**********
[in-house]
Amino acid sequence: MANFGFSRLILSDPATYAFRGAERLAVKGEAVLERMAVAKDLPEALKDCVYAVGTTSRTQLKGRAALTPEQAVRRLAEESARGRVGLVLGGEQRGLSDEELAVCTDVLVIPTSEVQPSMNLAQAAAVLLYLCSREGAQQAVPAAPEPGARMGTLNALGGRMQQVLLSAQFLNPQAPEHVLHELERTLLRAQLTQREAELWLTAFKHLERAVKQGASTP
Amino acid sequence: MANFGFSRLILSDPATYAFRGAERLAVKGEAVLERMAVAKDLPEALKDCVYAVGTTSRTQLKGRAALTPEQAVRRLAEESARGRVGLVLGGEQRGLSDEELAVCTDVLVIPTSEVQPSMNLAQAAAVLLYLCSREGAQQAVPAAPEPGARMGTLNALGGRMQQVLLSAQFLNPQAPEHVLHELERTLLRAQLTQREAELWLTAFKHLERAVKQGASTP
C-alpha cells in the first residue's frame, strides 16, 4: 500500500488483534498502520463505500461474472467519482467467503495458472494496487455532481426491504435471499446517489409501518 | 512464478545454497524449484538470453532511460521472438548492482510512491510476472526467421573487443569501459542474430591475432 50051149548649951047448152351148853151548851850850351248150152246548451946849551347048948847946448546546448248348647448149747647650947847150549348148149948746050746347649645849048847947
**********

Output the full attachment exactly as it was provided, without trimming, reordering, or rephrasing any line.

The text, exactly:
[in-house]
Amino acid sequence: MANFGFSRLILSDPATYAFRGAERLAVKGEAVLERMAVAKDLPEALKDCVYAVGTTSRTQLKGRAALTPEQAVRRLAEESARGRVGLVLGGEQRGLSDEELAVCTDVLVIPTSEVQPSMNLAQAAAVLLYLCSREGAQQAVPAAPEPGARMGTLNALGGRMQQVLLSAQFLNPQAPEHVLHELERTLLRAQLTQREAELWLTAFKHLERAVKQGASTP
Amino acid sequence: MANFGFSRLILSDPATYAFRGAERLAVKGEAVLERMAVAKDLPEALKDCVYAVGTTSRTQLKGRAALTPEQAVRRLAEESARGRVGLVLGGEQRGLSDEELAVCTDVLVIPTSEVQPSMNLAQAAAVLLYLCSREGAQQAVPAAPEPGARMGTLNALGGRMQQVLLSAQFLNPQAPEHVLHELERTLLRAQLTQREAELWLTAFKHLERAVKQGASTP
C-alpha cells in the first residue's frame, strides 16, 4: 500500500488483534498502520463505500461474472467519482467467503495458472494496487455532481426491504435471499446517489409501518 | 512464478545454497524449484538470453532511460521472438548492482510512491510476472526467421573487443569501459542474430591475432 50051149548649951047448152351148853151548851850850351248150152246548451946849551347048948847946448546546448248348647448149747647650947847150549348148149948746050746347649645849048847947